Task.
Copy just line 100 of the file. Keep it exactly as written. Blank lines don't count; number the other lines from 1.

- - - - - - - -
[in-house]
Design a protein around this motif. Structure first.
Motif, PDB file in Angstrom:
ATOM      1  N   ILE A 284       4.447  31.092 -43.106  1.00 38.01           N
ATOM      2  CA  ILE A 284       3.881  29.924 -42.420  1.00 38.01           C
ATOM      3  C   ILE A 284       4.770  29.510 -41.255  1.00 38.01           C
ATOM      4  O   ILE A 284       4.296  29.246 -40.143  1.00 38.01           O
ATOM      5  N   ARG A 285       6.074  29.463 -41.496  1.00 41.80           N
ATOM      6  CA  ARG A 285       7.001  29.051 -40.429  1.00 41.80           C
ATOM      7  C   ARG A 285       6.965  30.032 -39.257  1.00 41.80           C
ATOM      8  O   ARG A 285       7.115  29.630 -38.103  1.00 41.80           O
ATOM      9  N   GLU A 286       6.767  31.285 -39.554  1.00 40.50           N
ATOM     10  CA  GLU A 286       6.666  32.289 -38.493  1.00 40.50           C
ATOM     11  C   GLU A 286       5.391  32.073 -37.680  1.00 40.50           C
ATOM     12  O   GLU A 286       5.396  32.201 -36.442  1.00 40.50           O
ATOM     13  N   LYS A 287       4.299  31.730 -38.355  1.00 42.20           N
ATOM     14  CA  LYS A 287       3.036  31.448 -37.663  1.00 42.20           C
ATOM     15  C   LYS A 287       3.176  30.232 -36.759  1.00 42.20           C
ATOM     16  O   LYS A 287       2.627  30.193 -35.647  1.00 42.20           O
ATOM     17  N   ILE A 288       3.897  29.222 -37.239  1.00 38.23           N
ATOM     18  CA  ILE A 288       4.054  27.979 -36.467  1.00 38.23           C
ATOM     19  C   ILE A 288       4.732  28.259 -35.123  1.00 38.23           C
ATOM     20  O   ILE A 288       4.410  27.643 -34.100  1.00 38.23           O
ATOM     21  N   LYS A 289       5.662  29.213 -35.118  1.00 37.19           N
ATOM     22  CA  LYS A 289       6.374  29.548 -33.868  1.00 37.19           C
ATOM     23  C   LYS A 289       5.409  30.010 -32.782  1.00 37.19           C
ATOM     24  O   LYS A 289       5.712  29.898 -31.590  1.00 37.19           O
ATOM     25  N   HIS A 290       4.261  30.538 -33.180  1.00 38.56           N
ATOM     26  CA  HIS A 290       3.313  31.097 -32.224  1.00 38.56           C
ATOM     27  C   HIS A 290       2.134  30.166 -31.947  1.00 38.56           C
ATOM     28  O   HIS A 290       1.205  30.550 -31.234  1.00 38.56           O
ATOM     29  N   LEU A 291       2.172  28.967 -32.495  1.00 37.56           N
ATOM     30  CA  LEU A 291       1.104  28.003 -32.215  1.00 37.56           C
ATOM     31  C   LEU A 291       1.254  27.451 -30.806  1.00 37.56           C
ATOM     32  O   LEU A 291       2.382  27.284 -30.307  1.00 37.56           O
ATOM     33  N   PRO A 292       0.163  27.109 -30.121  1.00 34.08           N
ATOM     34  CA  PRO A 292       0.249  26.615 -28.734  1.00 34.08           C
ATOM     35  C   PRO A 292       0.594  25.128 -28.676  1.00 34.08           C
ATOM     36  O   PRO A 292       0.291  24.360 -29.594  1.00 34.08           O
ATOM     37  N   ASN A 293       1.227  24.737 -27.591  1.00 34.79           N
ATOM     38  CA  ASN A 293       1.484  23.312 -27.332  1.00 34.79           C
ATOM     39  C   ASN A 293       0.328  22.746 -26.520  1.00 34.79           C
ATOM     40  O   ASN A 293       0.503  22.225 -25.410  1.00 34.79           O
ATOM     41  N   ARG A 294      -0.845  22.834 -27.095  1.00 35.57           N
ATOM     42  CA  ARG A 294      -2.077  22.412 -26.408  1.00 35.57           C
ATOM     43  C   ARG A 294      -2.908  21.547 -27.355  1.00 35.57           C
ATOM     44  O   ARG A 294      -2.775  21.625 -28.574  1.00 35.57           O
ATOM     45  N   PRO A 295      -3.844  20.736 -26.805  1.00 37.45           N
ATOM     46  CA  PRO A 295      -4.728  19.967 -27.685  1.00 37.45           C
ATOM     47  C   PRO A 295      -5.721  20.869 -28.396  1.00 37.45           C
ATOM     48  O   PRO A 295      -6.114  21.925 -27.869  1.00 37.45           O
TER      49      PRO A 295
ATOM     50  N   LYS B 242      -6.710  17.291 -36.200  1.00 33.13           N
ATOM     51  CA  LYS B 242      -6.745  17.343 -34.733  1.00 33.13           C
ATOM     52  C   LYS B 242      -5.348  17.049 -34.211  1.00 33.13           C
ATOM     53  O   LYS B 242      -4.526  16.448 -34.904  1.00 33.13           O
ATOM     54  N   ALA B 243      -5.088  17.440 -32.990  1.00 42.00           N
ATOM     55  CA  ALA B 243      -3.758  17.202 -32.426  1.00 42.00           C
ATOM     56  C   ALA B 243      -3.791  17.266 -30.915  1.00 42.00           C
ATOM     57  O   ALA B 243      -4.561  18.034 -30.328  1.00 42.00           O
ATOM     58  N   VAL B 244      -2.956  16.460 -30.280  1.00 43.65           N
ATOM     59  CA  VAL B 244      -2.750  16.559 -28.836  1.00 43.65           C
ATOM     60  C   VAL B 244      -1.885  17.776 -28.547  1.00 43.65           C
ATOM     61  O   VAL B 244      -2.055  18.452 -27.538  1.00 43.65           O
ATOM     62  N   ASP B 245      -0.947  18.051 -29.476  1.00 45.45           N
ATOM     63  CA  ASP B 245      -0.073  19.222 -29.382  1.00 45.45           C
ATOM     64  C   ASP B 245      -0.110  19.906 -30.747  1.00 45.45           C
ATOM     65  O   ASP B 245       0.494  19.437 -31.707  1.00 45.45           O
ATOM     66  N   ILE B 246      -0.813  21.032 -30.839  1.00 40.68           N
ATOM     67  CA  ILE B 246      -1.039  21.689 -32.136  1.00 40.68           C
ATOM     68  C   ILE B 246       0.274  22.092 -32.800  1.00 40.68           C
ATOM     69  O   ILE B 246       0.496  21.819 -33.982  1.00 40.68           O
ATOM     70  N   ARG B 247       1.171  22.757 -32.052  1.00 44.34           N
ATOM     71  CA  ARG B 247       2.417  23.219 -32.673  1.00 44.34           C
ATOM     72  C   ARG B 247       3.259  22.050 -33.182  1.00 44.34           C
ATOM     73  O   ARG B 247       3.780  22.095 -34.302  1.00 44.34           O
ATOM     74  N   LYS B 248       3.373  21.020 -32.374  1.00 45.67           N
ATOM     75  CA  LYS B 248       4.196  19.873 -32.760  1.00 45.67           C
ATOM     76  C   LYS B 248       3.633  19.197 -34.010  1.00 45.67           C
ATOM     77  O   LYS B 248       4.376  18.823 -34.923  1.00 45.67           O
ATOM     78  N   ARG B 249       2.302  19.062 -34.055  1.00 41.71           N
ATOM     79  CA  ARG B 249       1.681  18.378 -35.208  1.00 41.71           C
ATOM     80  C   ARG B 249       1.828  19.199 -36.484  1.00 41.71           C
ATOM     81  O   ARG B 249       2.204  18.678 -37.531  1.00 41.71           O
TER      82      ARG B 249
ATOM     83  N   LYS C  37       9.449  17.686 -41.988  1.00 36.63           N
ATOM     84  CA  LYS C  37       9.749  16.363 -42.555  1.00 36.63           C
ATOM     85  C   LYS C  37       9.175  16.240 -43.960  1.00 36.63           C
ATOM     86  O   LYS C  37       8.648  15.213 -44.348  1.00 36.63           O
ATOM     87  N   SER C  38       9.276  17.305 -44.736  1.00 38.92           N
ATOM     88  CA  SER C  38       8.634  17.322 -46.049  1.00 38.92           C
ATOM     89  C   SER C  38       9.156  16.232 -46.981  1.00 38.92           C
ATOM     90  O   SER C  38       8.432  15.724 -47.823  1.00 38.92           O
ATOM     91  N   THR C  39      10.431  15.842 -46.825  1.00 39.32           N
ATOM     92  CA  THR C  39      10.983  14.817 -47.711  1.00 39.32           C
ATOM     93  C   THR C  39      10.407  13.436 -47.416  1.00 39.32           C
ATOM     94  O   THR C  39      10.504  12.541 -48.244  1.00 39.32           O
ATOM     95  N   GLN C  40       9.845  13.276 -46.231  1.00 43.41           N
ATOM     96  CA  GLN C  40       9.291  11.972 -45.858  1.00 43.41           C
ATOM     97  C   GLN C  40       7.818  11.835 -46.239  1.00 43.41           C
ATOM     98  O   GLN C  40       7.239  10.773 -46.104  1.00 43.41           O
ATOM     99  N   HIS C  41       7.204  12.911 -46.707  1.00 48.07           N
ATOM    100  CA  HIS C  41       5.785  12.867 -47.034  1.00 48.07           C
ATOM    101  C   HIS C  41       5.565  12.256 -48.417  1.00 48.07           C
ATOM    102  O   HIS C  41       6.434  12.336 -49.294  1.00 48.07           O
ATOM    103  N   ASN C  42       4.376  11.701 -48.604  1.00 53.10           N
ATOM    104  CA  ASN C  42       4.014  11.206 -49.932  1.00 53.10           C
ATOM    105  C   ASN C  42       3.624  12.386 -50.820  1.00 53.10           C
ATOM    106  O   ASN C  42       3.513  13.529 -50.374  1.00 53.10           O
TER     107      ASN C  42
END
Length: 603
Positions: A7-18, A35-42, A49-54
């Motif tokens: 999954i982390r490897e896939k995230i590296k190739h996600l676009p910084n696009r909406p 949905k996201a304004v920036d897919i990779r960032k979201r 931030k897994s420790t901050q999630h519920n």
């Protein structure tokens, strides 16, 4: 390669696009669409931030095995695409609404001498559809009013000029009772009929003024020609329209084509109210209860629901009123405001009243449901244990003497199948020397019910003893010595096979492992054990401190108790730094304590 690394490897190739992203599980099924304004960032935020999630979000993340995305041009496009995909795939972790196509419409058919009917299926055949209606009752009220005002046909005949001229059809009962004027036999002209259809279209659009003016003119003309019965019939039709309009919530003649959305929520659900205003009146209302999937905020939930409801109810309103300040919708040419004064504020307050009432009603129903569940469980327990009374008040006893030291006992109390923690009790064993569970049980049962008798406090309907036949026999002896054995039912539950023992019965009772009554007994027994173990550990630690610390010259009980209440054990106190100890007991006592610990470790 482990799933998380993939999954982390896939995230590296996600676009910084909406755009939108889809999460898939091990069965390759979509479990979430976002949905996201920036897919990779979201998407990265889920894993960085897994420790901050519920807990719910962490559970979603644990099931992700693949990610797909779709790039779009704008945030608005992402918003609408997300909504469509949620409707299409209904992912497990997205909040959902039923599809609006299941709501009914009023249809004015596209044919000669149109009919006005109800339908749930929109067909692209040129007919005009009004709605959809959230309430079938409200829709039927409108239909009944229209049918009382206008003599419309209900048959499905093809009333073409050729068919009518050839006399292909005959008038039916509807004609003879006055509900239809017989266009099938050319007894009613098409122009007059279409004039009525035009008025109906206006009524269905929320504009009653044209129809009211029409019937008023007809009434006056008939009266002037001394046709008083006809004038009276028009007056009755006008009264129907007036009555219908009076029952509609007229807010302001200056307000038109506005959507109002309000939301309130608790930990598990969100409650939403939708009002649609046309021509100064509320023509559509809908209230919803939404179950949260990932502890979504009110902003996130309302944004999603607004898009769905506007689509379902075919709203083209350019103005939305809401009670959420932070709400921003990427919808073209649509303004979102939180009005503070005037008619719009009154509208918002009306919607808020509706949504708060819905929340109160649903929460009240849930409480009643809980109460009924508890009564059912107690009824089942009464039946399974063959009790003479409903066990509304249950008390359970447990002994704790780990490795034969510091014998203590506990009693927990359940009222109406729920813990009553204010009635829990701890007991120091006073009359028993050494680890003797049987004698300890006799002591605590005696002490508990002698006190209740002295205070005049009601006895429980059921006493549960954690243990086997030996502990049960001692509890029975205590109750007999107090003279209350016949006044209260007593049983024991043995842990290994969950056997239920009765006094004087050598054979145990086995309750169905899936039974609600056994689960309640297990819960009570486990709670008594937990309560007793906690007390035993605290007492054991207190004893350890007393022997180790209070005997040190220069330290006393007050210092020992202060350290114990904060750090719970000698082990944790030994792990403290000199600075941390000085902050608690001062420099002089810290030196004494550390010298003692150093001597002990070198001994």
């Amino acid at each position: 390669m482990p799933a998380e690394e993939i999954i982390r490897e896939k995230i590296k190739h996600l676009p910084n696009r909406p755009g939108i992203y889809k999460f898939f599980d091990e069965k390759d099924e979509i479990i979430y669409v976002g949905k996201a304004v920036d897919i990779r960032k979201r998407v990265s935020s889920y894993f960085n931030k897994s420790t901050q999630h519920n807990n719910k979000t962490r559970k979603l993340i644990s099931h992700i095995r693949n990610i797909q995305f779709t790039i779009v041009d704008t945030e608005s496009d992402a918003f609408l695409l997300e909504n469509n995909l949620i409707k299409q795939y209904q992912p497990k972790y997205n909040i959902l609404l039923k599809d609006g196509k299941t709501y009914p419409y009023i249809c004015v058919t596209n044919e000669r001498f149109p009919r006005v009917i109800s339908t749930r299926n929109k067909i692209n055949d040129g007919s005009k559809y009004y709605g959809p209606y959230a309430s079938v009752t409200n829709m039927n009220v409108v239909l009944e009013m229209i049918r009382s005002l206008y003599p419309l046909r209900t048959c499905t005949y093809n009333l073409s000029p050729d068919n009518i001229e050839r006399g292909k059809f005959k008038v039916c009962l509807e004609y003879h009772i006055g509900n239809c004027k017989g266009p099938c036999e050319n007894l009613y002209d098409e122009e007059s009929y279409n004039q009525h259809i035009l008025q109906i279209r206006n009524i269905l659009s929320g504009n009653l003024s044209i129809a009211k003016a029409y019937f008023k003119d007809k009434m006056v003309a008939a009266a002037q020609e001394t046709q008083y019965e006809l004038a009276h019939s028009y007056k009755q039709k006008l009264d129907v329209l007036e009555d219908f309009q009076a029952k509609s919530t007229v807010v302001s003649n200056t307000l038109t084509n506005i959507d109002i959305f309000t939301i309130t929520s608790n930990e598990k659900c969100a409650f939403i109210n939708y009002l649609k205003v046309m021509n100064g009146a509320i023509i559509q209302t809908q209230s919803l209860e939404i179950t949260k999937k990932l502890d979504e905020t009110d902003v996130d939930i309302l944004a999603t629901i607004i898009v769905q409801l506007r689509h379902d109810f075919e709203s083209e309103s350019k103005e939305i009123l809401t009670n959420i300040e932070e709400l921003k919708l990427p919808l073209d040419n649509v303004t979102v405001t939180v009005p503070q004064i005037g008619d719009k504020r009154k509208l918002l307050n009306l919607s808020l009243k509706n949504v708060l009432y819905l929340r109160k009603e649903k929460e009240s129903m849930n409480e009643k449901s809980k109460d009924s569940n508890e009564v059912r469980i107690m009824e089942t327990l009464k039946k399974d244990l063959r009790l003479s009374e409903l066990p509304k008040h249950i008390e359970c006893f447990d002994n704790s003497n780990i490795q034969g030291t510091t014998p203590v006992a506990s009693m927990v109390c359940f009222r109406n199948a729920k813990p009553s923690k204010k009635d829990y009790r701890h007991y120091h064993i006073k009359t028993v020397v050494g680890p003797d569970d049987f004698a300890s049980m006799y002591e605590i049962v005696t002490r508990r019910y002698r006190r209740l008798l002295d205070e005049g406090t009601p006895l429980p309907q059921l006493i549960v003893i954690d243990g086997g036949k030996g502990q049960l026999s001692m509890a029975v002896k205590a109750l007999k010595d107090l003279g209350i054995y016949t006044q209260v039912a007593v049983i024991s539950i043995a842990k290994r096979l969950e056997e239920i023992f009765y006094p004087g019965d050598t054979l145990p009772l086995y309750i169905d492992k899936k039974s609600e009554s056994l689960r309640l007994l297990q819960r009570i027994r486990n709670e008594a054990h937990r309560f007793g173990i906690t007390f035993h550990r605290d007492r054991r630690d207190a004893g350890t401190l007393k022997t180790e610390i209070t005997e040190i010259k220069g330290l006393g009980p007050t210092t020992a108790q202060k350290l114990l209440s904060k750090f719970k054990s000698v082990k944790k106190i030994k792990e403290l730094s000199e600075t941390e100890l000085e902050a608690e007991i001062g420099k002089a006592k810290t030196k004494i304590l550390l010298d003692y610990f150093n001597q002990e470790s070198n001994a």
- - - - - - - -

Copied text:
ATOM     97  C   GLN C  40       7.818  11.835 -46.239  1.00 43.41           C